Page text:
The risks that Java warns about are lessened. That's because nothing stops you in your test code from just redefining some-service:get-instance to be whatever you want, returning your own test double. As long as all users are going through that function, even if they're doing so in a hidden-dependencies way, you'll still have them covered. Just make sure you re-define the original function when you're done.

Similarly, if the backing cache for that instance is just a defvar, you don't even need to redefine get-instance (and in fact that may not catch everything if some functions are using the defvar reference directly). And you don't need to worry about undoing your change after your test. You just dynamically rebind the defvar, test, and you're done.

Now to bring up a different topic. In Java, classes own their methods, and so when you eventually do get a Service object, you can type Service.<ctrl+space> or whatever and see a list of methods you can call, i.e. the protocol. Or you can jump to the interface/class definition and know by reading that what's there and what's in any super-classes/interfaces is all you can do. You can do a cross-reference on the type to find other parts of code using that type.

But in Lisp, classes and methods are separate. The methods that could be called with your object aren't even necessarily defined in one package, let alone one file, so finding applicable ones may be difficult. Sure, if you know the name or part of the name of a method, you can type it and ask your editor to auto-complete. Or if you at least know the package, you can type the package and press tab or whatever to have your editor show you all the exported symbols. It's also a good idea in any language to read the class definition at least and see if it documents any protocols (and then find such protocols if they are technically separate things as in Lisp) but when you've experienced intuitive objects where you don't need to read all the details and it's just obvious what and how to do something from the exposed API you can quickly see with an editor shortcut, you want that for everything. So for Lisp, are you stuck? Actually no! You can cross-reference too (via slime, which will invoke the implementation-dependent calls) and ask to see "Who Specializes" on the object's class. This will also find the methods that dispatch on it as a non-first argument! Try asking your Lisp who specializes on string sometime.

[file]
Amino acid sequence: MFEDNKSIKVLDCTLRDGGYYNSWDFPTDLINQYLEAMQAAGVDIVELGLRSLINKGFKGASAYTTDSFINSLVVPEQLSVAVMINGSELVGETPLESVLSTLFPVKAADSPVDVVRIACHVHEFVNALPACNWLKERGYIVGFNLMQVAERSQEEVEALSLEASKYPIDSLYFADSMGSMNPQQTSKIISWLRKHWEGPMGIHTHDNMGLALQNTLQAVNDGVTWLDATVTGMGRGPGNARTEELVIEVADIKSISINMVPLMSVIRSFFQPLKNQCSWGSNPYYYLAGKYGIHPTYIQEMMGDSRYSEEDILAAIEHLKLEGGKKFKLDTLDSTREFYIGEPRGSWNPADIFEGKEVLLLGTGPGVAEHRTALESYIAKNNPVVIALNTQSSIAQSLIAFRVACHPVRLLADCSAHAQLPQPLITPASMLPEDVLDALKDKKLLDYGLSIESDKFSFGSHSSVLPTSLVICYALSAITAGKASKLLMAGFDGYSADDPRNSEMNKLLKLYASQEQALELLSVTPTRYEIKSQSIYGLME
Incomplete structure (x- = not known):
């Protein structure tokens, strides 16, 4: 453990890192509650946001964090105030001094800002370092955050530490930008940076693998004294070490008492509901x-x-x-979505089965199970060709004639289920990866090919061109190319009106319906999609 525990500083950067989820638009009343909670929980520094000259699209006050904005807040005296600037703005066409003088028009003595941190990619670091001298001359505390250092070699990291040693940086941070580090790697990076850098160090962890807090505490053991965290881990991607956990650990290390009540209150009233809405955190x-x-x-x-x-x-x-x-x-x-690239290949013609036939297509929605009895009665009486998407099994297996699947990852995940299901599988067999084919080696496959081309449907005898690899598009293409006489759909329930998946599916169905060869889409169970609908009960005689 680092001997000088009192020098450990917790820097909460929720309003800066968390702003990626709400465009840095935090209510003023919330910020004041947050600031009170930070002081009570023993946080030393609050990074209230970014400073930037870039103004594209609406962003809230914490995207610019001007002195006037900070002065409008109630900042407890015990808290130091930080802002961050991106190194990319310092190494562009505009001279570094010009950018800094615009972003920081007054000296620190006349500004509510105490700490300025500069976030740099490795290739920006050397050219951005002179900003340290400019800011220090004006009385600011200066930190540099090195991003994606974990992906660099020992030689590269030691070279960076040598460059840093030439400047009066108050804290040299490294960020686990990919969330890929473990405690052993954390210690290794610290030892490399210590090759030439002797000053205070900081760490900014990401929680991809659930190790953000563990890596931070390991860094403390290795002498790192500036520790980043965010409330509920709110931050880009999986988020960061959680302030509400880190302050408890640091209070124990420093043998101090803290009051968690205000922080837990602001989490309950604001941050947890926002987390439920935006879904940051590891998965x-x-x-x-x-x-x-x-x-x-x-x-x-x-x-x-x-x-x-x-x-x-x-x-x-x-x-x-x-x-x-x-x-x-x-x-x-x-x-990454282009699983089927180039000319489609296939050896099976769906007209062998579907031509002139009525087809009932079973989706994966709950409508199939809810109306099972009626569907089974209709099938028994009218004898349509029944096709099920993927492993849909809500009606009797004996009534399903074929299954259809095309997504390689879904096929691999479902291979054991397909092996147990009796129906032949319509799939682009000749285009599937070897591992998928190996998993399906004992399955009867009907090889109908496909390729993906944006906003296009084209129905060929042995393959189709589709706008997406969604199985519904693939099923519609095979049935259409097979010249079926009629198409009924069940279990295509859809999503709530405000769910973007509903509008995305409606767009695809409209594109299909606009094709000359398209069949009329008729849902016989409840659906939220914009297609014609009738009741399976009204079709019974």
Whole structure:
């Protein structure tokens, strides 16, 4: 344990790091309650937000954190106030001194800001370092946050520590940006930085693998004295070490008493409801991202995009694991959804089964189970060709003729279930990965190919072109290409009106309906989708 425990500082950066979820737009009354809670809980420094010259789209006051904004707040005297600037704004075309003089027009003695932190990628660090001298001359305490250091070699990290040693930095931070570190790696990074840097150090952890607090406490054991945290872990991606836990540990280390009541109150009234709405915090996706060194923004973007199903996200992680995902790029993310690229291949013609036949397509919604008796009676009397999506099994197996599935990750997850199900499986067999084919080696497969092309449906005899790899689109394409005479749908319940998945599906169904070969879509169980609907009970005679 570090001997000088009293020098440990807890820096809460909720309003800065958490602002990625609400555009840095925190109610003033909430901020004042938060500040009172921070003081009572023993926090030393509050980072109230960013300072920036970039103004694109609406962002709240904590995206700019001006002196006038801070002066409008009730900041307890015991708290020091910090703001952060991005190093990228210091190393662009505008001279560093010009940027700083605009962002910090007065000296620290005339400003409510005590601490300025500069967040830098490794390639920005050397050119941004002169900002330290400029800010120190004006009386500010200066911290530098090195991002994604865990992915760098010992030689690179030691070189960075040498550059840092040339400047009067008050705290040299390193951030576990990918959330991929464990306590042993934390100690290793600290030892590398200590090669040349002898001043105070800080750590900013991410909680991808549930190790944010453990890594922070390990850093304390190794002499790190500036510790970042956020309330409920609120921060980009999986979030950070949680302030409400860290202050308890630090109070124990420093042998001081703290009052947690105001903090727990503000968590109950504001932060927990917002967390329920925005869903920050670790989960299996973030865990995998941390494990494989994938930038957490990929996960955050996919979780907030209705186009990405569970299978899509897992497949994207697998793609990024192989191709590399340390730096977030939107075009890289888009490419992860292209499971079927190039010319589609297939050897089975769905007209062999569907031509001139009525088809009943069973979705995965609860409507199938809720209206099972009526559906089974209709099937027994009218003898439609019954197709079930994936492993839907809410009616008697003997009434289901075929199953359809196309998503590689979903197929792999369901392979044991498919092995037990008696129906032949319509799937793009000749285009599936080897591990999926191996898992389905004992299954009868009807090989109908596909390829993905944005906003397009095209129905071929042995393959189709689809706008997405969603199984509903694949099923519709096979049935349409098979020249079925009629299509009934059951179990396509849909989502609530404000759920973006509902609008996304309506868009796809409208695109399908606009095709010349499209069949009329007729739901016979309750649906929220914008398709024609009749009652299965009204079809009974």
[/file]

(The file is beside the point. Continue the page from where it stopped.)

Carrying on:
Unfortunately such cross referencing won't help with simple functions. Well you might argue that if you're using an object, you want to be using generic functions anyway. Maybe. Anyway if you declare types, or they've been inferred, it's possible at least in SBCL to scan all functions and their types and return those that take your type as an argument. (I thought also you would see locations of make-instances for your class, but either I'm using the wrong introspection calls or I'm mistaken. Well, there's always text search...)

But now I'm finally at the point I wanted to get to earlier. For singleton service type objects at least, the modest complexities of talking to it don't often warrant the power of CLOS multiple-dispatch. It's very likely all the applicable methods will be defined next to the class, and there's also not often going to be much inheritance going on.

So we can create a design principle here. Every service gets its own package, and the exported symbols for that package is the service's API and nothing else.

It doesn't matter what your backing package-global storage system is, the point is to make your usefully package-global singleton actually global by effectively making it the package itself. It doesn't even matter if you use simple functions instead of generic ones. In fact, you don't even need to expose the backing object (directly or via get-instance or otherwise) at all.